Though known as the nation’s insurance capital, Hartford, Conn., has an economy that supports other institutions, from Foxwoods Resort Casino to University of Connecticut and Yale University. On the front end of the recovery, the Hartford & New Haven market, which runs the socioeconomic gamut, is in better shape than other pockets of the country. Political dollars are already starting to flow from candidates gunning for Sen. Chris Dodd’s seat in advance of an August primary. The governor’s race is also wide open.
The close proximity to New York and Boston makes for a competitive news market. But it’s also a complex one, signified by the ampersand Nielsen uses in the name of the DMA. It is the largest of three Nielsen “dual” markets, meaning Nielsen produces three sets of ratings: Hartford and New Haven individually and also a combination. The rollout of local people meters has been on hold for more than a year.
Taking advantage of the dual-market definition, WTNH, LIN Media’s ABC affiliate, is the leading New Haven news outlet in all demos and dayparts, while WFSB, Meredith’s CBS affiliate, is the longtime leader of the combined market. Since February, WTNH has been making over its brand, concentrating more on community-focused news. The station has partnered with the New Haven Register and New London Day, providing online weather for both. LIN Media also owns MyNetworkTV affiliate WCTX.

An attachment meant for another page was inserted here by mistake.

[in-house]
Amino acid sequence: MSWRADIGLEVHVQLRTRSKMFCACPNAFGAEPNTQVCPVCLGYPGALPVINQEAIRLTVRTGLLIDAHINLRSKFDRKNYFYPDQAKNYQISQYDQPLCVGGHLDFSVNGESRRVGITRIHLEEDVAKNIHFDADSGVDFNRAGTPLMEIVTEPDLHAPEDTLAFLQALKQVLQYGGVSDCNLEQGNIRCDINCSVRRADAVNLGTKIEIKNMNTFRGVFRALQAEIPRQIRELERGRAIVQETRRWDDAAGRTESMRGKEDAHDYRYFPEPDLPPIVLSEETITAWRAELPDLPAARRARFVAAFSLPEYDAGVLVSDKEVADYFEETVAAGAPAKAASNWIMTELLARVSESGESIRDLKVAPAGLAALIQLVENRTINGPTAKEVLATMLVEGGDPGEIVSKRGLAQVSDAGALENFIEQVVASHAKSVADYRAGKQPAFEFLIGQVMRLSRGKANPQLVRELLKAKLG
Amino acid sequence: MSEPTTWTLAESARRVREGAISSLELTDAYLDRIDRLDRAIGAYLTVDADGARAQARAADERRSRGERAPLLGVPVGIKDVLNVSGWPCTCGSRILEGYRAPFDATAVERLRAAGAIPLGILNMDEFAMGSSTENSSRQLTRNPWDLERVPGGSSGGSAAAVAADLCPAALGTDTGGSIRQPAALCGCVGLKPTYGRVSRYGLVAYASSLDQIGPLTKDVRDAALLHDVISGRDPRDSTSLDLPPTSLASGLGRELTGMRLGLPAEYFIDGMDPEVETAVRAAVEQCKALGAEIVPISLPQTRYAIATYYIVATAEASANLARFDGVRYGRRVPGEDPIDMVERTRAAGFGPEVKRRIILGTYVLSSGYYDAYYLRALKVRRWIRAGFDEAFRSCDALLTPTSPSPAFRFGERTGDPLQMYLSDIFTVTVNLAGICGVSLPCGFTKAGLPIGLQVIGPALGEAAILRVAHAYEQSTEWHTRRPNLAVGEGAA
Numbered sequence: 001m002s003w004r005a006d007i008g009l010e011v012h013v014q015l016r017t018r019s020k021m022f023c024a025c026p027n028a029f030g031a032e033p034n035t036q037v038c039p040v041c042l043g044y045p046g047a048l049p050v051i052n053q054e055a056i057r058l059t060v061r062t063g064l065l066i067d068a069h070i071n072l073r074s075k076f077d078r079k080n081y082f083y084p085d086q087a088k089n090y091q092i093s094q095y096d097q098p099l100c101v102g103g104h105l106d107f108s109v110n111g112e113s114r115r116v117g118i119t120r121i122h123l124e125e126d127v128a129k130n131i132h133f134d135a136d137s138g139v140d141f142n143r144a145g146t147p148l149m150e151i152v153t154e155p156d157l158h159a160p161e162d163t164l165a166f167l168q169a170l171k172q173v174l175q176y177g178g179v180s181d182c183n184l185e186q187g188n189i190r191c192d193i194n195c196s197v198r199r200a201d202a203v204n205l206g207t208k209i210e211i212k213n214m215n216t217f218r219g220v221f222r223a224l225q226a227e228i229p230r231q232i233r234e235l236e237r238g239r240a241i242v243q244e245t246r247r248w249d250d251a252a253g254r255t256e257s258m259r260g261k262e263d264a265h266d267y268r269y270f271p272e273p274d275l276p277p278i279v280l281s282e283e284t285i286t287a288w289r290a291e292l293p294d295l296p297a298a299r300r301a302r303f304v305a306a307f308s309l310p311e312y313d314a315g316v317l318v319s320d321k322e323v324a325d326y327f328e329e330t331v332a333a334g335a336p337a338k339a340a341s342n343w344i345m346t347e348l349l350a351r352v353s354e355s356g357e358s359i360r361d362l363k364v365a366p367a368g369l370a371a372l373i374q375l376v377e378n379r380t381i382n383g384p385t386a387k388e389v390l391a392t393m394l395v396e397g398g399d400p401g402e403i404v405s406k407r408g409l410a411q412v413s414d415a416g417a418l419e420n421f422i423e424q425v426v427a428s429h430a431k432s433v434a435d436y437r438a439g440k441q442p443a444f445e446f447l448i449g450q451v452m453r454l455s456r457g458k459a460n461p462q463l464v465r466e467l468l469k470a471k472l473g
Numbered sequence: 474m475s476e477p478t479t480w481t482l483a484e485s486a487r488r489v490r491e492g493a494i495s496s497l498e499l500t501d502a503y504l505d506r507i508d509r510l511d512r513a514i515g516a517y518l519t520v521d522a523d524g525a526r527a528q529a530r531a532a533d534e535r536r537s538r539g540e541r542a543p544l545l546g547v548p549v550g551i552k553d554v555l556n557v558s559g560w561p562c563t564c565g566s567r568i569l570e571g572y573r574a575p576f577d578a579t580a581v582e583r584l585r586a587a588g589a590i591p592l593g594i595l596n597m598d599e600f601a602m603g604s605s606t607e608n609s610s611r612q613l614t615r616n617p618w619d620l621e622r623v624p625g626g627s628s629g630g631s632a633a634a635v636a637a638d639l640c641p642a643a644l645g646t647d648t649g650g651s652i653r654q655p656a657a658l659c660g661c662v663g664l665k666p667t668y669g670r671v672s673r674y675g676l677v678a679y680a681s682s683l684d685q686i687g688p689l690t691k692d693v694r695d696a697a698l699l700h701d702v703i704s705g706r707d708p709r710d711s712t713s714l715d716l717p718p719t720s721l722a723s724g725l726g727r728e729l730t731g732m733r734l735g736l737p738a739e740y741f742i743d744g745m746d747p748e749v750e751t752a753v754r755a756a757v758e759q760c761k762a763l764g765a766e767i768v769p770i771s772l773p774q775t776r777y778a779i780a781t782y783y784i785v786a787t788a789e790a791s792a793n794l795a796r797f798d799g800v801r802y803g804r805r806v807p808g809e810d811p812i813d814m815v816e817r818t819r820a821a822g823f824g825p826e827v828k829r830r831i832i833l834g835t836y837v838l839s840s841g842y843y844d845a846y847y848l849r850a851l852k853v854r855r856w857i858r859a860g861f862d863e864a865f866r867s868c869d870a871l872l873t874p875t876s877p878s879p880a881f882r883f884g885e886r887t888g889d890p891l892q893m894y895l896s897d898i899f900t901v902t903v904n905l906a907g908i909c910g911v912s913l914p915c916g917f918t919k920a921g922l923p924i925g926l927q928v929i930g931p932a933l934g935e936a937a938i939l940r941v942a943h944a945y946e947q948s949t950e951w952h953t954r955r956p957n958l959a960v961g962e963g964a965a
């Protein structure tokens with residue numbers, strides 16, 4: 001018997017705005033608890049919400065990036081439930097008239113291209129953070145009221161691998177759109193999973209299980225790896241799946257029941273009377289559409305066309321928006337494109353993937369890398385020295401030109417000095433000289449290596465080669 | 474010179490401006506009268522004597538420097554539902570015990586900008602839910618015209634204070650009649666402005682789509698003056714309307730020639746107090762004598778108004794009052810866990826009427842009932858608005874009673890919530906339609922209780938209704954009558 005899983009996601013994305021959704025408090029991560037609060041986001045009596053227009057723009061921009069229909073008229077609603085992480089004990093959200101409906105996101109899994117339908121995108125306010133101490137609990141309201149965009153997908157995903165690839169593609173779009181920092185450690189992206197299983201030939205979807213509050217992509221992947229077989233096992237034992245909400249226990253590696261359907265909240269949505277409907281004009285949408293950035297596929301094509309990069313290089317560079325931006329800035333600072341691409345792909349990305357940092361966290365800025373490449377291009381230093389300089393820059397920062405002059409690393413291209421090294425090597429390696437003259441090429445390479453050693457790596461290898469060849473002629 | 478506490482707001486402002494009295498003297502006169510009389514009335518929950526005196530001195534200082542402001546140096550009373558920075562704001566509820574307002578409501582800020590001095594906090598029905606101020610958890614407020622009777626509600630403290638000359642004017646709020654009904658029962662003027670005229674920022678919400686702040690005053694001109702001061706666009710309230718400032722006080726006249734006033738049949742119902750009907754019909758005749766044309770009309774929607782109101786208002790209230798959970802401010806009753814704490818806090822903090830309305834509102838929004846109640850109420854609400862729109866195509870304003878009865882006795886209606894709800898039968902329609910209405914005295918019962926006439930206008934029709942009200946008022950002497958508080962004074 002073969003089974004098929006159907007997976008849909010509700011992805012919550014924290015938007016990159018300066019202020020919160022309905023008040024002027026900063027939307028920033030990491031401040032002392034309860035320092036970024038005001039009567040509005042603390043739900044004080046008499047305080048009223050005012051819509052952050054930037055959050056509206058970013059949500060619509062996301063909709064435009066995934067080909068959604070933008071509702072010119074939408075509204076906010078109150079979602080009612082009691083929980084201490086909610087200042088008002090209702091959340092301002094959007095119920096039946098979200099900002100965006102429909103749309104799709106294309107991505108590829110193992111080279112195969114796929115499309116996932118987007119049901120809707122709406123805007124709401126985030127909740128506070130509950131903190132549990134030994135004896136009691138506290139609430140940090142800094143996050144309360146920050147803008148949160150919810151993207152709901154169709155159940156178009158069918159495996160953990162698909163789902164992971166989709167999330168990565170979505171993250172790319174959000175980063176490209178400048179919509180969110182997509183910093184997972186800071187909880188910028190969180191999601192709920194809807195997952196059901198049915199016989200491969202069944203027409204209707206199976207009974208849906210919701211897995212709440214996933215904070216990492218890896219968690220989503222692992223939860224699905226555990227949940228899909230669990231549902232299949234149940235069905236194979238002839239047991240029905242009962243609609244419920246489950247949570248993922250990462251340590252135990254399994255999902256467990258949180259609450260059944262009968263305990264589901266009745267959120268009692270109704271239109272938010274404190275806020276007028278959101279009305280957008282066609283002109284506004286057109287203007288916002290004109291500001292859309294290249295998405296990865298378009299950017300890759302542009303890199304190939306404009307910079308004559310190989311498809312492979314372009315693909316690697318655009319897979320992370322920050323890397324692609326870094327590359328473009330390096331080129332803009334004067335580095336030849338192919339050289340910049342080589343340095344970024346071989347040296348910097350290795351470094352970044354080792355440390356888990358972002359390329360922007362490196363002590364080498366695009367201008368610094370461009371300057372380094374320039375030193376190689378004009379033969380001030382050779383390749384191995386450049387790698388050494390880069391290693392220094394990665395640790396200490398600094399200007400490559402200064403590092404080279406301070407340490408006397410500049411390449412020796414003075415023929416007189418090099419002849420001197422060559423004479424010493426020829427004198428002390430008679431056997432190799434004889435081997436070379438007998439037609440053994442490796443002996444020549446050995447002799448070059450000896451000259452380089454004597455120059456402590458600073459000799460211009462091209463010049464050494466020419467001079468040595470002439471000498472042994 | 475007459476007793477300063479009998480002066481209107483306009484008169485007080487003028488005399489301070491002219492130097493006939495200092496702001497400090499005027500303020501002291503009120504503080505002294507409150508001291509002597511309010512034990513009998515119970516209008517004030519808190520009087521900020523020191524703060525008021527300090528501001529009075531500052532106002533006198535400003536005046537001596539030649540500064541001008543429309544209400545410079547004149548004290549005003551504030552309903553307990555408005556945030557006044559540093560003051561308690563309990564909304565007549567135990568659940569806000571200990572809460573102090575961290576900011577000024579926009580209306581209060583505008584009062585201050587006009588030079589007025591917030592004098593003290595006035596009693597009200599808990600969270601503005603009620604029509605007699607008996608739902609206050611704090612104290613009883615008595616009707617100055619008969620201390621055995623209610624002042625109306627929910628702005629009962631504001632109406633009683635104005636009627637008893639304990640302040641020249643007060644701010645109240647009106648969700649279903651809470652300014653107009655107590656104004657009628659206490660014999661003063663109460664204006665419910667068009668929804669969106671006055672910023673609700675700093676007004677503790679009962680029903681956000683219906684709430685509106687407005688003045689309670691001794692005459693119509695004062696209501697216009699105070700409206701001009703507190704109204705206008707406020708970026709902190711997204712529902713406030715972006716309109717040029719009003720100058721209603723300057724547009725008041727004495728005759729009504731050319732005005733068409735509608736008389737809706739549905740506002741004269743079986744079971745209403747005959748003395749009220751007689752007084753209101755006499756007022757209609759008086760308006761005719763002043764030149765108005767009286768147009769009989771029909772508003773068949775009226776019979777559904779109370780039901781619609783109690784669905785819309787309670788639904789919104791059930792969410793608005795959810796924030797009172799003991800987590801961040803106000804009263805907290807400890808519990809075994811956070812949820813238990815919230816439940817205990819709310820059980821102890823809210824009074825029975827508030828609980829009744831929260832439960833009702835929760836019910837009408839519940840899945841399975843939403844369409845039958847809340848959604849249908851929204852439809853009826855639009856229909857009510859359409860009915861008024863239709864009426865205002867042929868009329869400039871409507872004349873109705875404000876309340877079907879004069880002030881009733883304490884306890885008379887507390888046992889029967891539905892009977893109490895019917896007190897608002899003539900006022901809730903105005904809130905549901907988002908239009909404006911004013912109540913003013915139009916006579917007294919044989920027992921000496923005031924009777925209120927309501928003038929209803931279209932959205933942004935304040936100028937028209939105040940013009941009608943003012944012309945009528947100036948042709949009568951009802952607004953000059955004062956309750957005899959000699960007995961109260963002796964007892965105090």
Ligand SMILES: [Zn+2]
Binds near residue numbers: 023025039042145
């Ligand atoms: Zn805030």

The Olympics in February gave WVIT, NBC Universal’s owned-and-operated station, a leg up in the ratings, tying WFSB in adults 25-54 at 6 p.m. and 11 p.m. Sans Olympics, WVIT and WTNH are neck and neck for No. 2 in the ratings behind WFSB.
WFSB is already making changes to prepare for the exit of Oprah at 4 p.m. In late March, the station moved its local Better Connecticut program from 10 a.m. to 3 p.m. to build a local franchise in the afternoon.
As it climbs out of bankruptcy, Tribune has applied to the FCC to keep its waiver to own both a TV duopoly (Fox affiliate WTIC and CW affiliate WTXX) and The Hartford Courant, the largest paper in the market. In March 2009, the company set plans to combine operations; the TV station WTIC moved to new studios in the paper’s newsroom at year’s end. WTIC has since introduced a morning newscast and an 11 p.m. newscast.
Both the Courant and Journal Register-owned The New Haven Register have struggled of late. The Courant’s circulation dropped to 155,540, according to the Audit Bureau of Circ. To save costs, 60 were cut from the newsroom, and the size of the paper was cut by 25 percent. In July, the court approved Journal’s reorganization plan, reducing about $420 million of $692 million in debt. The Register has also had to save costs through layoffs and cutting some sections of the paper, though its circ rose 2 percent to 75,625, per ABC.
The Hartford-New Britain-Middletown radio market is much smaller than the TV market and doesn’t include New Haven, Litchfield or New London and Windham. To further complicate the ratings picture, there is a lot of spill-in viewing and listening from New York and Boston outlets, including CBS Radio’s New York sports station WFAN-AM and Entercom’s Boston sports station WEEI-FM.
At the end of the year, the market will make the transition to Arbitron’s portable people meters. Of CBS Radio’s four local outlets, three dominate the ratings: adult contemporary WRCH-FM, news/talk WTIC-AM and top 40 WZMX-FM. Hot adult contemporary WTIC-FM is No. 5. Clear Channel, the second largest radio owner in the market, breaks up CBS Radio’s streak with Country WWYZ-FM.